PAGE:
Portland, Oregon, 1978
Little Johnny Jewel
Lori (Poor Circulation)
O Mi Amore
The Dream's Dream
Television in Portland almost at the end of their (first) life.
"Adventure": here's a frantic noise, the sound of something wild crammed into a space too small to contain it, spilling/bursting its way out. The energy; the desperation; the sound of Richard Lloyd's guitar spiralling all over the place. The intensity of the playing is almost scary.
Someone once wrote that watching Television live was like "watching four blindfolded men walking a tightrope". It's a great line, and you know what they meant, but make that three blindfolded men and Fred Smith. There has to be somewhere for the other three to come back to when they get a little... loose, and when they do there's Mr. Smith right where he should be. This bottom-heavy recording does let you hear how Fred holds the line through each song and how he's the anchor in the band.
And here's a chance to take in Billy Ficca's genius. Listen to the terrific version of "Marquee Moon" here and catch those wonderful little rolls and flourishes and polyrhythms that he hears/plays everywhere. his ever-rolling, ever-shifting drums link everything together; it's like a cross between the sheer exuberance of Keith Moon and the spare precision of Charlie Watts. The way that, in the middle ("quieter") section of the song he teases the mood along, a foil to Verlaine's guitar as if there was a telepathic link between them, creating then punctuating little spaces in the sound.
The version of "Little Johnny Jewel" here is Television at its live best; there's a section in the middle where you're sure that none of them knows where it's going next but they hold/mould it together and Ficca is always there. The song always sounds like a Verlaine monologue but then you realise it's Ficca who provides the momentum, ties everything together and creates the spaces in which Verlaine can seem to float as if he's making it up as he goes along. Verlaine's solo here is a slow-building release of controlled passion, the motes and runs spilling out almost reluctantly with that tone that couldn't possible be anyone else.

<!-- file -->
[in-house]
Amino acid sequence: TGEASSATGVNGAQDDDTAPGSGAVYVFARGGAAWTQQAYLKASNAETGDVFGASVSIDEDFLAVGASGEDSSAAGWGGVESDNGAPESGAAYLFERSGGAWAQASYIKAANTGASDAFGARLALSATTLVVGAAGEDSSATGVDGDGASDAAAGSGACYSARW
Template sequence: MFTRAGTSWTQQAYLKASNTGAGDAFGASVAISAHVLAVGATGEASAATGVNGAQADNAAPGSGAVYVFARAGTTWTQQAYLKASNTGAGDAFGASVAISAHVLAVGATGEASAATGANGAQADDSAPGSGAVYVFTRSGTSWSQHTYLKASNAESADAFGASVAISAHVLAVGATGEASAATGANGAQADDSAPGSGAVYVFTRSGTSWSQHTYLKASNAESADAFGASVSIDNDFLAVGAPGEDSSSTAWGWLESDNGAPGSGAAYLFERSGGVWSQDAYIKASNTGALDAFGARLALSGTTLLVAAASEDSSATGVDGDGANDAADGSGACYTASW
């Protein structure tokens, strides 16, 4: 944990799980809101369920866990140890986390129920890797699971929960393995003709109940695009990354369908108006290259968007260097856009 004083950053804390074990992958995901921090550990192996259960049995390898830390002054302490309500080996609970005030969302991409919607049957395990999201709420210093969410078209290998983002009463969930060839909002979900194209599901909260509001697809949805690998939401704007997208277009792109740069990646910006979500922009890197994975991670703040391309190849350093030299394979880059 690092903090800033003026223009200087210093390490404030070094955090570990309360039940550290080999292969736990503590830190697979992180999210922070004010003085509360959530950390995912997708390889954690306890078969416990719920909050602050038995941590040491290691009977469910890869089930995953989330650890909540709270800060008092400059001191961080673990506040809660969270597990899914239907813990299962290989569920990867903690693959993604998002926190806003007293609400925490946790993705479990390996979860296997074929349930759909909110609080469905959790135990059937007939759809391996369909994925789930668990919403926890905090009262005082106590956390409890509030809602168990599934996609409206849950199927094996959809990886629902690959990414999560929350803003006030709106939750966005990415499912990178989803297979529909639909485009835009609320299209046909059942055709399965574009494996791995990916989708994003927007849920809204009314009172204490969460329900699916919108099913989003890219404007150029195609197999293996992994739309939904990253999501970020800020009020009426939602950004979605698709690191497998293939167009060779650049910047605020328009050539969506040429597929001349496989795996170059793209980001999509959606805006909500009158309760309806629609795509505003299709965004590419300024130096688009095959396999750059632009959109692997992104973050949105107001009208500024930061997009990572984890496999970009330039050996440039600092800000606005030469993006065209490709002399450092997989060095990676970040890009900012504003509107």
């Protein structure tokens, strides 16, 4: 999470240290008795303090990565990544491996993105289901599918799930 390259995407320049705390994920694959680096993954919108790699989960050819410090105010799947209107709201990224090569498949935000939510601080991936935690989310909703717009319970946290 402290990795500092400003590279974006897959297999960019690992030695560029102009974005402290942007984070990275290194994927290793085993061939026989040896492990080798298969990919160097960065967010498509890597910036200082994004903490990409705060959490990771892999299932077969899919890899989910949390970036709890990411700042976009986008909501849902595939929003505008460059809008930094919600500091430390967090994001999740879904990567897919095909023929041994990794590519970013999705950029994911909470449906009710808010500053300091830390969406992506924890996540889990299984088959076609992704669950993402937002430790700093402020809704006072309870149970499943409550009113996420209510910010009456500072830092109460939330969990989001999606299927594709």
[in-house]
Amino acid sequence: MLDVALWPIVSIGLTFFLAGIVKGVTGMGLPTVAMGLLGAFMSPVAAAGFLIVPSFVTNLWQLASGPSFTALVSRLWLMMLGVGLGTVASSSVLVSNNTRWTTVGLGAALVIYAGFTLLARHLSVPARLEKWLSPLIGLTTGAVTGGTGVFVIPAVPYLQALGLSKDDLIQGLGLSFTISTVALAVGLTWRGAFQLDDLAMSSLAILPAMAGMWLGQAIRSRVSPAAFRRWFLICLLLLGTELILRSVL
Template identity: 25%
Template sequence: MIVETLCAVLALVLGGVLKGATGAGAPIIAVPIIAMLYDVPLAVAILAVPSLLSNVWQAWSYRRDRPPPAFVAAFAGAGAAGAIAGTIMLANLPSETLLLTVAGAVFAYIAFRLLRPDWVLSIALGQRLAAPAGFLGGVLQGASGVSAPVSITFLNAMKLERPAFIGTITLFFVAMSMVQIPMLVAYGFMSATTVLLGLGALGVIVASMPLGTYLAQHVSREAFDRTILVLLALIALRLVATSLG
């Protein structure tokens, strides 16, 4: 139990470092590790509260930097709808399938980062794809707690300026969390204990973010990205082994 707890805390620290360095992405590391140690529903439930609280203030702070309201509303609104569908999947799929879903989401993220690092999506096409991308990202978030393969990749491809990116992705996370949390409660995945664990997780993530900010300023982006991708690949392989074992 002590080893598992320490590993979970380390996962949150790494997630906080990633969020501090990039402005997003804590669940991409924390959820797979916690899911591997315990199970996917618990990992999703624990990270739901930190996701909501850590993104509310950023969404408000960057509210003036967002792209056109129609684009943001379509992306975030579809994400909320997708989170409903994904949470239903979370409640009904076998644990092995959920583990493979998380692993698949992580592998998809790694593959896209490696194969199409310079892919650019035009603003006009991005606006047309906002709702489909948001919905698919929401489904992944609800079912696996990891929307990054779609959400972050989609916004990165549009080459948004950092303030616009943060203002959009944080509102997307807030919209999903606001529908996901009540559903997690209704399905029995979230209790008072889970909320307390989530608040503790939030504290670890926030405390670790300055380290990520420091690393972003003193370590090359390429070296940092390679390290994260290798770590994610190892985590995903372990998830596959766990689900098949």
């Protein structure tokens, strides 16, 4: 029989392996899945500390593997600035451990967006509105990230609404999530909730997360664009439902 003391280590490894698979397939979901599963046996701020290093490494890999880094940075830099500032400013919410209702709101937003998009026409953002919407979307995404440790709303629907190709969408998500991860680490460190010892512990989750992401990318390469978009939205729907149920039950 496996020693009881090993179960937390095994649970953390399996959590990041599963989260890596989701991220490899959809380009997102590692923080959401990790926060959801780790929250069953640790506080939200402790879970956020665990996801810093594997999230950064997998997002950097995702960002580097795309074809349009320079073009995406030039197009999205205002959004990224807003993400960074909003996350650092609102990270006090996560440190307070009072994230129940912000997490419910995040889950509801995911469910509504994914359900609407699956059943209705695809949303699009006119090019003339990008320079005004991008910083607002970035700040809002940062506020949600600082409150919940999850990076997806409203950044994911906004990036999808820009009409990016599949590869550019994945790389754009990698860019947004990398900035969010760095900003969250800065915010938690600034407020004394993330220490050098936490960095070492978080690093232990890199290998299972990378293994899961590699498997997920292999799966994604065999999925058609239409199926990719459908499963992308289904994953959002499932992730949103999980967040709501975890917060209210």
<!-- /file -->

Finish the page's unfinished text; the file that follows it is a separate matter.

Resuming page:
In "Foxhole" Verlaine's guitar is fabulous, an angry thing. They play "Friction" as if they'd just made it up and wanted the world to hear it immediately, the guitars wrenching out sheets and slabs of noise.
Richard Lloyd stamps his furious energy all over "Poor Circulation", "Satisfaction", "Fire Engine" and "O Mi Amore" in bursts of searing guitar runs and phrases, as if his fingers can't quite work fast enough to get it all out.
This is almost the perfect Television live setlist and ends with a rare live recording of "The Dreams Dream" featuring some of Verlaine's loveliest fragile playing.
After this show there were three more gigs to go before they split apart.